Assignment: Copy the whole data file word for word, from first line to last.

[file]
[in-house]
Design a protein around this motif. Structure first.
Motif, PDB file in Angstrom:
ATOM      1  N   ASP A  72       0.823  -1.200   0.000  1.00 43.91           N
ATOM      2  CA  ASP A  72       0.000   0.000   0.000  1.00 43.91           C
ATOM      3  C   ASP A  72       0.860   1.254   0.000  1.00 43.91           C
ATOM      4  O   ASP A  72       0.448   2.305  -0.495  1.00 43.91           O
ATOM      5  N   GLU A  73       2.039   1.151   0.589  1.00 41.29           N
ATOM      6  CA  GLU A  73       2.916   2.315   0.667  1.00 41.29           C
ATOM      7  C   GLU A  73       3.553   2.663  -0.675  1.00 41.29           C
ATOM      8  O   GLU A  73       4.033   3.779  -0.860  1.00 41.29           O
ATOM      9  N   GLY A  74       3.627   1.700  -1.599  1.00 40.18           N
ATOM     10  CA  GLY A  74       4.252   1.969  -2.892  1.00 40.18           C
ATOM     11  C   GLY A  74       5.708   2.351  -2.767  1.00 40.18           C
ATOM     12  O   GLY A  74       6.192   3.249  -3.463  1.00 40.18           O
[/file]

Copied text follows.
[in-house]
Design a protein around this motif. Structure first.
Motif, PDB file in Angstrom:
ATOM      1  N   ASP A  72       0.823  -1.200   0.000  1.00 43.91           N
ATOM      2  CA  ASP A  72       0.000   0.000   0.000  1.00 43.91           C
ATOM      3  C   ASP A  72       0.860   1.254   0.000  1.00 43.91           C
ATOM      4  O   ASP A  72       0.448   2.305  -0.495  1.00 43.91           O
ATOM      5  N   GLU A  73       2.039   1.151   0.589  1.00 41.29           N
ATOM      6  CA  GLU A  73       2.916   2.315   0.667  1.00 41.29           C
ATOM      7  C   GLU A  73       3.553   2.663  -0.675  1.00 41.29           C
ATOM      8  O   GLU A  73       4.033   3.779  -0.860  1.00 41.29           O
ATOM      9  N   GLY A  74       3.627   1.700  -1.599  1.00 40.18           N
ATOM     10  CA  GLY A  74       4.252   1.969  -2.892  1.00 40.18           C
ATOM     11  C   GLY A  74       5.708   2.351  -2.767  1.00 40.18           C
ATOM     12  O   GLY A  74       6.192   3.249  -3.463  1.00 40.18           O